So who saw Saarbrücken becoming a serious part of the narrative this week? Bayern Munich‘s Blamage (a great German word for “disgrace”) in the DFB-Pokal has only added another layer of interest and complexity to assessing how Saturday’s showpiece event might go.
Internationally, the Borussia Dortmund-vs.-Bayern “Klassiker,” as it has come to be known, is an important selling point for the Bundesliga. Recent history means there’s always a temptation to frame it as the game to decide … well, everything, the assumption being Dortmund must always prevail if Bayern are to be denied the Meisterschale.
The events of April 1 in Munich gave lie to that. Bayern ran out comfortable 4-2 winners in Thomas Tuchel’s first match in charge to reclaim top spot, yet Dortmund still went into the final week of the season holding all the cards. It wasn’t losing to the Rekordmeister in a direct duel that ultimately cost the Schwarzgelben the title.
This season is complicated for both sides by the presence at the summit of Bayer Leverkusen, whose aesthetically pleasing style under former Bayern choreographer Xabi Alonso has everyone purring. They were good value for the 2-2 draw they achieved in Munich in September.
RB Leipzig — although, like Bayern out of the Pokal — have shown themselves to be a team that can take points off the other main protagonists and did just that against Bayern little more than a month ago.
In other words, the old notion that Dortmund alone have to stop Bayern, or forget the whole thing, is outdated. There is a lot more subtlety to this season’s title fight.
BVB and Bayern go into Saturday’s clash as pursuers, trailing Leverkusen by four and two points, respectively, yet both remain unbeaten in the Bundesliga.
Bayern’s Saarbrücken debacle may not in itself play into the tactical back and forth as the challenge of a 3. Liga side with different, more limited tactics can’t be compared to the cut and thrust of the Klassiker played out before 81,000 fans.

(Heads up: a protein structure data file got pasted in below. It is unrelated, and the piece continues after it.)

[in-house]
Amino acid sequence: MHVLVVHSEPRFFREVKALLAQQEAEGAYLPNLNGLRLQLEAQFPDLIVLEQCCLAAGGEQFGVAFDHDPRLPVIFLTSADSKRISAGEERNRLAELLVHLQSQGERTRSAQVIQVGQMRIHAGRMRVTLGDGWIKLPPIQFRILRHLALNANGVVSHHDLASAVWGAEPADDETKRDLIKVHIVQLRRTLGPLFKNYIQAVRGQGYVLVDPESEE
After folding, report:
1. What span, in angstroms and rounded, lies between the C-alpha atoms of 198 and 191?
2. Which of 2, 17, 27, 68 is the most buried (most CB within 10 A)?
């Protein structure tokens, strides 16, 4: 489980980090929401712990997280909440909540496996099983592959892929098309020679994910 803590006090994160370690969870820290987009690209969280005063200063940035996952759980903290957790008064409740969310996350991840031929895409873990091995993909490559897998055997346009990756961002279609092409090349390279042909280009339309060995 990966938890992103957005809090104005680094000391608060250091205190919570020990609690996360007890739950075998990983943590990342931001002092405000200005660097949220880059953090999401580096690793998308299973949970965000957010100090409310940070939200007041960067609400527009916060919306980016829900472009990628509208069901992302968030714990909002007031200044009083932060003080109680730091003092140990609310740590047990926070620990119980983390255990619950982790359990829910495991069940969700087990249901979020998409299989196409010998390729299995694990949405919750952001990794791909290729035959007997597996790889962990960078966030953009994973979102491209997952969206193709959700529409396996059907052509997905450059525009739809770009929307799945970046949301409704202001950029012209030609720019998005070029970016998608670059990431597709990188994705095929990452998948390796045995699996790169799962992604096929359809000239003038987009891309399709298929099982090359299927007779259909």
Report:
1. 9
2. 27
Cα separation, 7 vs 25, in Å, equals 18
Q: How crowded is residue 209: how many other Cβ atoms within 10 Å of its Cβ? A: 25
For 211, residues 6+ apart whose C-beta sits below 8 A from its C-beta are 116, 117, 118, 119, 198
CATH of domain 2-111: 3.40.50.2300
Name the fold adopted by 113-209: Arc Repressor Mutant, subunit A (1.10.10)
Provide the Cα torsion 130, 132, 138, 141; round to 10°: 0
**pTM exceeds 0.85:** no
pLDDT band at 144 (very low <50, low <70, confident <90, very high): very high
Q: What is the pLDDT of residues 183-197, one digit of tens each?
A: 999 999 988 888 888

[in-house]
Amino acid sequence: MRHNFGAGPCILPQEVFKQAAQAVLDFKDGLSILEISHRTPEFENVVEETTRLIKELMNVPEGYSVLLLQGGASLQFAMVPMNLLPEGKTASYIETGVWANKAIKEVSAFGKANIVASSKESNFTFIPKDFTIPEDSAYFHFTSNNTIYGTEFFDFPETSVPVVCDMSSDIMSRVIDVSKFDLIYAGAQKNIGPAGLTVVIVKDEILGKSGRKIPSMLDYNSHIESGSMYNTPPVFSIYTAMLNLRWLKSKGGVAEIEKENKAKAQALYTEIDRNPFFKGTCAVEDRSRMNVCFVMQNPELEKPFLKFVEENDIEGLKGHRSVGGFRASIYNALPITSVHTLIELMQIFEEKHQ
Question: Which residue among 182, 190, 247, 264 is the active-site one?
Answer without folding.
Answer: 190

Still, Wednesday’s loss is another blot on Tuchel’s escutcheon to go with the Pokal defeat to SC Freiburg just days on from the win over BVB last spring. There’s a feeling that as highly regarded as Tuchel is, not much looks better than it did under Julian Nagelsmann. There still seems an overdependence on individual qualities rather than superior tactics.
Individual qualities are not to be sniffed at, mind you. Leroy Sané has been in the form of his life and his partnership with Harry Kane has been a joy to watch. Kane himself has been an enrichment as you would expect from a player who commanded a transfer fee of more than €100 million, but it’s clear the England captain feels he’s embracing something new and different in the Bundesliga. His astonishing goal from inside his own half against Darmstadt was one to take the breath away.
Then you consider Jamal Musiala, who put the final dagger into Dortmund on May 27 to secure an 11th successive title, in addition to Kingsley Coman and Thomas Müller, the latter of which could be seen as a bit-part player at times. Bayern can still damage any team with their sheer footballing ability.
But the balance of the side remains problematic, the legacy of poor planning leaving themselves short in particular positions, most notably defensive midfield, right-back and in central defence (where, in fairness, Bayern have been a bit unlucky.)